Mothers' reproductive and medical history misinformation practices as strategies against healthcare providers' domination and humiliation in maternal care decision-making interactions: An ethnographic study in Southern Ghana

Linda L. Yevoo*, Irene A. Agyepong, Trudie Gerrits, Han van Dijk

*Corresponding author for this work

Research output: Contribution to journalArticleAcademicpeer-review

2 Citations (Scopus)

Abstract

Background: Pregnant women can misinform or withhold their reproductive and medical information from providers when they interact with them during care decision-making interactions, although, the information clients reveal or withhold while seeking care plays a critical role in the quality of care provided. This study explored 'how' and 'why' pregnant women in Ghana control their past obstetric and reproductive information as they interact with providers at their first antenatal visit, and how this influences providers' decision-making at the time and in subsequent care encounters. Methods: This research was a case-study of two public hospitals in southern Ghana, using participant observation, conversations, interviews and focus group discussions with antenatal, delivery, and post-natal clients and providers over a 22-month period. The Ghana Health Service Ethical Review Committee gave ethical approval for the study (Ethical approval number: GHS-ERC: 03/01/12). Data analysis was conducted according to grounded theory. Results: Many of the women in this study selectively controlled the reproductive, obstetric and social history information they shared with their provider at their first visit. They believed that telling a complete history might cause providers to verbally abuse them and they would be regarded in a negative light. Examples of the information controlled included concealing the actual number of children or self-induced abortions. The women adopted this behaviour as a resistance strategy to mitigate providers' disrespectful treatment through verbal abuses and questioning women's practices that contradicted providers' biomedical ideologies. Secondly, they utilised this strategy to evade public humiliation because of inadequate privacy in the hospitals. The withheld information affected quality of care decision-making and care provision processes and outcomes, since misinformed providers were unaware of particular women's risk profile. Conclusion: Many mothers in this study withhold or misinform providers about their obstetric, reproductive and social information as a way to avoid receiving disrespectful maternal care and protect their privacy. Improving provider client relationship skills, empowering clients and providing adequate infrastructure to ensure privacy and confidentiality in hospitals, are critical to the provision of respectful maternal care.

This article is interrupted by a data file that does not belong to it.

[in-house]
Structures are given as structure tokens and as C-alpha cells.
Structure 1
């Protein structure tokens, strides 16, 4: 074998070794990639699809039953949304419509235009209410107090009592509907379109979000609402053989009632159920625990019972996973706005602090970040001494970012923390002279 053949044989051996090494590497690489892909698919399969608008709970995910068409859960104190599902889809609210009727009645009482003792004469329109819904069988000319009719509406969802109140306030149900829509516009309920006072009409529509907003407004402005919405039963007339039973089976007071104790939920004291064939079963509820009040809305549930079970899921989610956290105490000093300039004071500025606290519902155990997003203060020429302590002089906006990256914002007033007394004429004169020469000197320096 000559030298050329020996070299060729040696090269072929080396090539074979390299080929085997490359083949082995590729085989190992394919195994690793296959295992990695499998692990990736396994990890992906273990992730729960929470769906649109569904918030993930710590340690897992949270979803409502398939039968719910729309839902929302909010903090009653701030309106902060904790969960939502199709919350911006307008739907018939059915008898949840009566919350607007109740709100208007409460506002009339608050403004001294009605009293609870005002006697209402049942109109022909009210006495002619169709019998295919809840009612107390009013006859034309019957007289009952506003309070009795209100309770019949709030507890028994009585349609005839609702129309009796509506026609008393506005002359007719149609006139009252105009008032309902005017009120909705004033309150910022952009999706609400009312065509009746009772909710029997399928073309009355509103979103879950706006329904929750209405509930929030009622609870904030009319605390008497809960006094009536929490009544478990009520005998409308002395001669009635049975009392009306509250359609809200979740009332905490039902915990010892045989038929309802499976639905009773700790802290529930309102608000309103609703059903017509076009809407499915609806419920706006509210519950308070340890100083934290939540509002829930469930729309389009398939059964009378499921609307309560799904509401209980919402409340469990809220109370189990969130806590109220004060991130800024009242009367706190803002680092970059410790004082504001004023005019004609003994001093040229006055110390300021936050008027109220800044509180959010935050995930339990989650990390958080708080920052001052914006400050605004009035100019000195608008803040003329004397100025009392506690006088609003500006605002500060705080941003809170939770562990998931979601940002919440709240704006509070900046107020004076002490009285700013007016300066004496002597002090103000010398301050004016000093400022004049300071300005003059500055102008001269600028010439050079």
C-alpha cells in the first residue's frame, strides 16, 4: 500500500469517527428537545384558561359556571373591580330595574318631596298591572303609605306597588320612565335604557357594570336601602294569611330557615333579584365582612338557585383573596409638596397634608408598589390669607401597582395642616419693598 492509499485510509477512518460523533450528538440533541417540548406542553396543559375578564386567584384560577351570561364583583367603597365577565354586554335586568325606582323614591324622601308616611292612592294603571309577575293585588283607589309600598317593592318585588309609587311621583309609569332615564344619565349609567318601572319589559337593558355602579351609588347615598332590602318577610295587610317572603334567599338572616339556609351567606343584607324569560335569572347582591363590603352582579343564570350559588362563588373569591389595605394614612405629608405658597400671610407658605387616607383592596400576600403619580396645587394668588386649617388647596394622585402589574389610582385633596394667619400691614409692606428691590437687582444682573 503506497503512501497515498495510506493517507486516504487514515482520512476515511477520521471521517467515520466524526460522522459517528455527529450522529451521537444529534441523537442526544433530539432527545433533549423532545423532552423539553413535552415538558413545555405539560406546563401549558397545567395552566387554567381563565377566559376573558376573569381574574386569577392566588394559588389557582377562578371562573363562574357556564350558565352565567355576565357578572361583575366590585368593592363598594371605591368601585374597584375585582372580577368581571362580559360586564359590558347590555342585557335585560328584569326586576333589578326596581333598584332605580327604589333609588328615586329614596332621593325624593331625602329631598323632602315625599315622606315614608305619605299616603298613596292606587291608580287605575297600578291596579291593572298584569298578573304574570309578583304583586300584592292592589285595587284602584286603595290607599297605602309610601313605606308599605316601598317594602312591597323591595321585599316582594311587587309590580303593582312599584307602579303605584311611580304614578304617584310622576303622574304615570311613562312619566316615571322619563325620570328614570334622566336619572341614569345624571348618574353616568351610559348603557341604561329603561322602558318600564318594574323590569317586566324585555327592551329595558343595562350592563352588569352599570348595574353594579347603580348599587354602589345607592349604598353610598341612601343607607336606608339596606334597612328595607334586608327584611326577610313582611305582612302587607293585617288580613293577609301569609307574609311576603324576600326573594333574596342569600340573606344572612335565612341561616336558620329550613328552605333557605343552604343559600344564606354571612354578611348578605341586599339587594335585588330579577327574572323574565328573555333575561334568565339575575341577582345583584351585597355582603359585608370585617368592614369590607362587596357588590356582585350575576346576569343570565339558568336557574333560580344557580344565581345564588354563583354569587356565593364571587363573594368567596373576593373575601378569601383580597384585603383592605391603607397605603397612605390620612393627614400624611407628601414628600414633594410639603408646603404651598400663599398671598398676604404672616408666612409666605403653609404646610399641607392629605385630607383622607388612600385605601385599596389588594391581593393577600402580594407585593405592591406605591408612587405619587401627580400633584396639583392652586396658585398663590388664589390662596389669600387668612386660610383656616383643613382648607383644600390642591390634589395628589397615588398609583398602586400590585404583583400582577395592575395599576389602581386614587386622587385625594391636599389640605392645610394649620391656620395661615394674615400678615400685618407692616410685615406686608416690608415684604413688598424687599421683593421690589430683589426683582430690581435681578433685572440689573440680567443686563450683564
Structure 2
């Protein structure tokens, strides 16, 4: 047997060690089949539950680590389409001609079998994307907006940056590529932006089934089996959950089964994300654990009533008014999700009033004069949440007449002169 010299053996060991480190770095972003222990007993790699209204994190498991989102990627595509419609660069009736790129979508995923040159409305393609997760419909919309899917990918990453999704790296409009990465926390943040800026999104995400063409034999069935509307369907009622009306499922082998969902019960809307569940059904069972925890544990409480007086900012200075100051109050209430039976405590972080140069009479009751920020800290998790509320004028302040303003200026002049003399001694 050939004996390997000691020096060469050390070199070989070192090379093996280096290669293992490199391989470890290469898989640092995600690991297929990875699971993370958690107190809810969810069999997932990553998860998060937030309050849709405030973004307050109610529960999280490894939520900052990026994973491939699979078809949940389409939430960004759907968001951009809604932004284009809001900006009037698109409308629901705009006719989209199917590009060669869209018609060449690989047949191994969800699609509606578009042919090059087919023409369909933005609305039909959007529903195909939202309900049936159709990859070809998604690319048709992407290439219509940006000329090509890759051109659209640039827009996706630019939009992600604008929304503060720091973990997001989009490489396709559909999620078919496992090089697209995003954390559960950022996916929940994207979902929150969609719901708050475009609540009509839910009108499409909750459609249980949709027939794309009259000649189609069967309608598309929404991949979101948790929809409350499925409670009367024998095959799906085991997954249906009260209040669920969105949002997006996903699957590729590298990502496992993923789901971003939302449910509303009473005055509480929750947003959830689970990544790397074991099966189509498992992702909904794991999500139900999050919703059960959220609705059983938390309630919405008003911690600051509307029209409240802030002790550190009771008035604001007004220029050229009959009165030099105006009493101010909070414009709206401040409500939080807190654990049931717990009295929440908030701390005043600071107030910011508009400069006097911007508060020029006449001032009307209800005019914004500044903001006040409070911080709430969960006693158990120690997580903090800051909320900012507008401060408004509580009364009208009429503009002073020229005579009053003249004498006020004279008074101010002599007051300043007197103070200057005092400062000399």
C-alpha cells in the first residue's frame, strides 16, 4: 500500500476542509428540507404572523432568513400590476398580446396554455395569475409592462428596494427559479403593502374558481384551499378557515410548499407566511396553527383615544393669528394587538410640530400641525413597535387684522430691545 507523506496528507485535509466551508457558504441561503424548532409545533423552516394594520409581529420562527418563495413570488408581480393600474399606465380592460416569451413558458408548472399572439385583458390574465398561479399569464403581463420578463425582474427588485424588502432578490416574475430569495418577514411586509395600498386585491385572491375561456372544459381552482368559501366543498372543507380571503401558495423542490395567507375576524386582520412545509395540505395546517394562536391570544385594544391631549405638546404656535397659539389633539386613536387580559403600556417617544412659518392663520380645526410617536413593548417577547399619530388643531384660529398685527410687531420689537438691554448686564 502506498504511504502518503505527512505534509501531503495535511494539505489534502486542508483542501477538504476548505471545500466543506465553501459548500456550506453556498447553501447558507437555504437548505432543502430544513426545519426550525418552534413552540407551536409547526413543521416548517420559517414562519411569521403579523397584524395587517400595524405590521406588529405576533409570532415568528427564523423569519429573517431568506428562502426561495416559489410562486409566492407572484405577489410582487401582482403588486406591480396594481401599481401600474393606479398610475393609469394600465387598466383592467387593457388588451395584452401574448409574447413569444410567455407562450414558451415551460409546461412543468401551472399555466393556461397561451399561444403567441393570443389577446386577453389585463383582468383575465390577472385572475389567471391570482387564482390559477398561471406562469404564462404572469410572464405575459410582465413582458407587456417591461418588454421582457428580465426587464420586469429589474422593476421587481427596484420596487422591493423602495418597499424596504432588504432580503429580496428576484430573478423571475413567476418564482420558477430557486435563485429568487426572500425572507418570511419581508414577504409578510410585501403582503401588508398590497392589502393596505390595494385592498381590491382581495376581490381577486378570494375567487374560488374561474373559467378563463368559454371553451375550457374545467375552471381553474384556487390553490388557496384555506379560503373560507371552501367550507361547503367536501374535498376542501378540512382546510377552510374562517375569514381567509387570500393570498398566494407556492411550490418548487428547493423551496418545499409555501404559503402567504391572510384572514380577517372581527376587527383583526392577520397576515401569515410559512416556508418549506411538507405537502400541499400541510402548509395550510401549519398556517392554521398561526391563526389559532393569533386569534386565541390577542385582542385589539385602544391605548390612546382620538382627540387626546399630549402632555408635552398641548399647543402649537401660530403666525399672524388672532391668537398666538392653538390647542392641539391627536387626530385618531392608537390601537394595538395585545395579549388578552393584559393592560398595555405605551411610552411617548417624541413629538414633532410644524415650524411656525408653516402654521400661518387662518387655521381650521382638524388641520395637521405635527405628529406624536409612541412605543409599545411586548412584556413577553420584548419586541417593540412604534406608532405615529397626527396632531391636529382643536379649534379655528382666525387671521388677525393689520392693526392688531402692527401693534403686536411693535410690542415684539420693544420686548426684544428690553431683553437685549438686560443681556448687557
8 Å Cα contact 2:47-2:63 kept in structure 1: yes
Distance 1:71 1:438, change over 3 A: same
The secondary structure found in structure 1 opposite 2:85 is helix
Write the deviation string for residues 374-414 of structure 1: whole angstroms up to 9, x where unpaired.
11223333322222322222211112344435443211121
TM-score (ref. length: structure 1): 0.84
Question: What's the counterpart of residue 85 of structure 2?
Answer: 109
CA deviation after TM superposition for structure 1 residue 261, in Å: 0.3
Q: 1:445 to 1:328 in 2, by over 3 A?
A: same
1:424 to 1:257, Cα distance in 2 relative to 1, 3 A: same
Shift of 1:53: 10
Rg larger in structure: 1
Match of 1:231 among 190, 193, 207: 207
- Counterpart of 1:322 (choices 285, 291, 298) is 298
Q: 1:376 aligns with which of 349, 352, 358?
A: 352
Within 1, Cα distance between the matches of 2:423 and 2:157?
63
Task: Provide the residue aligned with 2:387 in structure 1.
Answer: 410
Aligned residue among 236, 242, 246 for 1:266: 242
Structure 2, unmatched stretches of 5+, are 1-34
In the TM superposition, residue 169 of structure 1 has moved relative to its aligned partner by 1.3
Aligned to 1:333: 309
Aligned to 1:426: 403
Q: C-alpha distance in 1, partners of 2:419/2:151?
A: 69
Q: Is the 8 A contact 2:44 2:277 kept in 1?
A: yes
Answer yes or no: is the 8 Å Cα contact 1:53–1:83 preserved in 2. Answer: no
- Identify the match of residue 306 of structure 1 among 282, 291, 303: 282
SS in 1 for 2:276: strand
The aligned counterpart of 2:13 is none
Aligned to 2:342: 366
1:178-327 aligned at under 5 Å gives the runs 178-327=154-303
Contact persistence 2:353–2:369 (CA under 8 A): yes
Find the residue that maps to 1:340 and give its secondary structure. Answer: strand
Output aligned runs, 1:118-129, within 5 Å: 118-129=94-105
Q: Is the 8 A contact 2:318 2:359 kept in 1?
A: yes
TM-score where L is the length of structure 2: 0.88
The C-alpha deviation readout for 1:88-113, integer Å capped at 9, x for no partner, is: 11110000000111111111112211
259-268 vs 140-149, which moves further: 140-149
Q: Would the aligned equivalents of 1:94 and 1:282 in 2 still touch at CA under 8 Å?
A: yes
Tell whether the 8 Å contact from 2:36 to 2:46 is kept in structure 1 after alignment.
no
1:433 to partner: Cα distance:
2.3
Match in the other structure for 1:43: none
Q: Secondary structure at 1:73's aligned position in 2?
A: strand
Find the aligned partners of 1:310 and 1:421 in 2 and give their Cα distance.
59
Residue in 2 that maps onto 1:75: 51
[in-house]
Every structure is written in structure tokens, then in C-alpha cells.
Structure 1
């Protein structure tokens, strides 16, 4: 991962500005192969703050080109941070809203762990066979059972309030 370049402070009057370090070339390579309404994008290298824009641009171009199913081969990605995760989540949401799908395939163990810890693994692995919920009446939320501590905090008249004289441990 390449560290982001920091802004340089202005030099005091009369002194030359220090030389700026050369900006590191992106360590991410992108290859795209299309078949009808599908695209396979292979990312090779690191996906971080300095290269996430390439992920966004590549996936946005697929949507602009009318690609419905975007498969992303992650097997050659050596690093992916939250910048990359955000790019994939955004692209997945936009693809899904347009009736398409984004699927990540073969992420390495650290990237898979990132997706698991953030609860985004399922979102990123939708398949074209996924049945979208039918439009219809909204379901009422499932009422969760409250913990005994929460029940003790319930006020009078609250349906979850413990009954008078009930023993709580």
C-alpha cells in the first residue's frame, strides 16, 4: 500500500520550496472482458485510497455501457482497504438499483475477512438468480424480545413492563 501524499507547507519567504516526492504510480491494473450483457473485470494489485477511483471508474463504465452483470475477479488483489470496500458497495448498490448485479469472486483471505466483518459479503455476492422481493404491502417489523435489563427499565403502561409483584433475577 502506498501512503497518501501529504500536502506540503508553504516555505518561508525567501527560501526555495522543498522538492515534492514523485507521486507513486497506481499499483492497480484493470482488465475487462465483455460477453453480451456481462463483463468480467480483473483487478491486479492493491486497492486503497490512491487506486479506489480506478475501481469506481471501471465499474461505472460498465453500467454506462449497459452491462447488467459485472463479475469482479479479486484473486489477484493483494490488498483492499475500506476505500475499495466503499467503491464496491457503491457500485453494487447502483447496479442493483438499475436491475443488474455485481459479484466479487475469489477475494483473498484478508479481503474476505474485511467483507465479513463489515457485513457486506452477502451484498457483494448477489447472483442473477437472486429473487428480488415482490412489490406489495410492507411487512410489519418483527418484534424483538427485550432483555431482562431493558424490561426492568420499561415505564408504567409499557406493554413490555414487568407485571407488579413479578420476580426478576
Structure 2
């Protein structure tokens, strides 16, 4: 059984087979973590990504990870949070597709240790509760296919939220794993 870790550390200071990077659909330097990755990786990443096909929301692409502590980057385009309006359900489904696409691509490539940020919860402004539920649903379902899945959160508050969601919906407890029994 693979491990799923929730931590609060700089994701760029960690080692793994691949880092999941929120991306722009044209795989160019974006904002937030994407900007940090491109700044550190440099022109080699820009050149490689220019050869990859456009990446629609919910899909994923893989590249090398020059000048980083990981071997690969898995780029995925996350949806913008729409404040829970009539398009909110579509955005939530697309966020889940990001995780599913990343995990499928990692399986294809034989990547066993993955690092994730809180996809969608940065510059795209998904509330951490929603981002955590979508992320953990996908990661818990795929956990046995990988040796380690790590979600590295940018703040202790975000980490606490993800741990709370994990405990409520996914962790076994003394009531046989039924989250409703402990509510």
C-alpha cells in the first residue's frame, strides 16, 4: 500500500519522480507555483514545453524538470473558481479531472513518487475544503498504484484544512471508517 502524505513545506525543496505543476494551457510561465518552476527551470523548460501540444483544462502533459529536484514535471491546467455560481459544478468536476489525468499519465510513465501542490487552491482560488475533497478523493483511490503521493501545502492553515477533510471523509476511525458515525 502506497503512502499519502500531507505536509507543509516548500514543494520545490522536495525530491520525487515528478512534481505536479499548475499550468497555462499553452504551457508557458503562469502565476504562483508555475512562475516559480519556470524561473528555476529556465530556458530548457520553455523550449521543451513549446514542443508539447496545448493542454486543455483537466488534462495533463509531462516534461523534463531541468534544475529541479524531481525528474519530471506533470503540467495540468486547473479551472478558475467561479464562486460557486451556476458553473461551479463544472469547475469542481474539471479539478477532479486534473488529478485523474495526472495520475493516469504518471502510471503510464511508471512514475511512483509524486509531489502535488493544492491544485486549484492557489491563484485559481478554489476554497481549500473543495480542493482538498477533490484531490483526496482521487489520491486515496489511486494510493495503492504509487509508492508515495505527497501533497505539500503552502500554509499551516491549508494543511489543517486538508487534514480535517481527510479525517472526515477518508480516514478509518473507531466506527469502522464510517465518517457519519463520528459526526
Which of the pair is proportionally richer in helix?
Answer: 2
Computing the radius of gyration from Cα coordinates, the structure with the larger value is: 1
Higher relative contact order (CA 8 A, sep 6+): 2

Original languageEnglish
Article number274
JournalBMC Pregnancy and Childbirth
Volume18
Issue number1
DOIs
Publication statusPublished - 3 Jul 2018

Keywords

  • Care decision-making
  • Empowerment
  • Ethnography
  • Ghana
  • Power
  • Pregnant women
  • Respectful maternal care

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